1091 Project: North Carolina’s Preservation Community

The 1091 project is a collaborative blogging effort between us and our colleagues at Iowa State University. This month’s topic is our respective state’s preservation and conservation communities, and how we participate in those organizations and groups.

It’s an exciting time to be a conservator or preservation librarian in North Carolina. Many of the higher educational institutions have well established conservation and/or preservation departments including three large universities in the immediate area: North Carolina State University, University of North Carolina at Chapel Hill has two departments, and of course Duke. We all work together in a variety of ways including helping each other solve problems or presenting disaster recovery training for the Triangle Research Libraries Network (UNC, NC State, Duke and North Carolina Central University). As TRLN members, we often present at the annual conference or other TRLN events. Recently we have presented on using social media (Beth Doyle) and the library as place (Meg Brown)

Winston Atkins, our Preservation Officer, is our digital preservation expert for the libraries. He helped initiate, and served as a panelist for, TRLN’s LOCKSS Information Exchange. He also serves on the CLOCKSS advisory board, which helps create open access journals. He also serves on the Center for Research Libraries, Certification Advisory Panel. The Panel ensures that the certification process addresses the interests of the entire CRL community, and includes leaders in collection development, preservation, and information technology.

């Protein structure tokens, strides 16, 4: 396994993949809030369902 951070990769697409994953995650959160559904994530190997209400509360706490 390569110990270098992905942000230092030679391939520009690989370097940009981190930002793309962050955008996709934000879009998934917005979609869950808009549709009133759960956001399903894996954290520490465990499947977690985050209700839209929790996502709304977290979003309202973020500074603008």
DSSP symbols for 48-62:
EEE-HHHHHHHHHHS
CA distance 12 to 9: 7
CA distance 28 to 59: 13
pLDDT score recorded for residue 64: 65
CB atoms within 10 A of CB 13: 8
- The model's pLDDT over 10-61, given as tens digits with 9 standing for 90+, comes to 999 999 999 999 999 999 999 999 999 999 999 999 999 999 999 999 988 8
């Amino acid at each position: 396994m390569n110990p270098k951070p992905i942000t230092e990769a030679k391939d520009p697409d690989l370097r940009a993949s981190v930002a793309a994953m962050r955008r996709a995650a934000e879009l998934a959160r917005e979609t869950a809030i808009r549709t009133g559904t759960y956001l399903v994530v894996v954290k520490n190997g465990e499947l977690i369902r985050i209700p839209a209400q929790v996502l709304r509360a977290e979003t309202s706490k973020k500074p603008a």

The North Carolina Preservation Consortium (NCPC) is a state-wide volunteer organization that helps to promote preservation in cultural institutions. Beth currently sits on the board of directors and is the current NCPC Newsletter editor. We routinely attend the annual conferences as they  provide excellent programming and the opportunity to network with colleagues form near and far.

Teaching is a main priority for many of us. Meg Brown team-teaches the UNC Chapel Hill School of Information Science Preservation of Library and Archival Materials class with Jamie Bradway, Head of Preservation at NC State (PDF of syllabus) [Meg and Jamie took the class over from Beth who taught it for many years]. Winston Atkins teaches the preservation class in the Public History Program (Archival Studies) program at NC State University.

Disaster recovery and planning is, of course, a corner stone of preservation librarianship. As mentioned above, we do a lot of training within TRLN but Winston is also on the Heritage Preservation’s Alliance for Response Triangle Cultural Response Emergency Network Steering Committee. Part of that organization is the Triangle Area Cultural Resource Emergency Network (TACREN) whose mission is to provide disaster response assistance and/or support in times of emergencies and for disaster planning. TACREN includes preservation and conservation staff from the region’s libraries, museums, and historic sites in a network of cooperative disaster response and training.

Several of us are members of local bookbinding groups including the Guild of Bookworkers southeast chapter (Meg), and the Triangle Book Arts Group (Mary).

We are also very active on the national level. All of the conservators are members of American Institute for Conservation, and both Erin and Beth have had presentations accepted for this year’s AIC conference in May. Beth has done a lot of programming for AIC in the past as part of the Library Collections Conservation Discussion Group. Beth and Winston are also very active in the American Library Association Preservation Administration Interest Group, serving on committees and as discussion group chairs or presenters.

Parks Library Preservation has more on what they are doing around Iowa, let’s go over and see what they are up to.




Related posts:

One thought on “1091 Project: North Carolina’s Preservation Community”

Leave a Reply

Your email address will not be published. Required fields are marked *

You may use these HTML tags and attributes: <a href="" title=""> <abbr title=""> <acronym title=""> <b> <blockquote cite=""> <cite> <code> <del datetime=""> <em> <i> <q cite=""> <strike> <strong>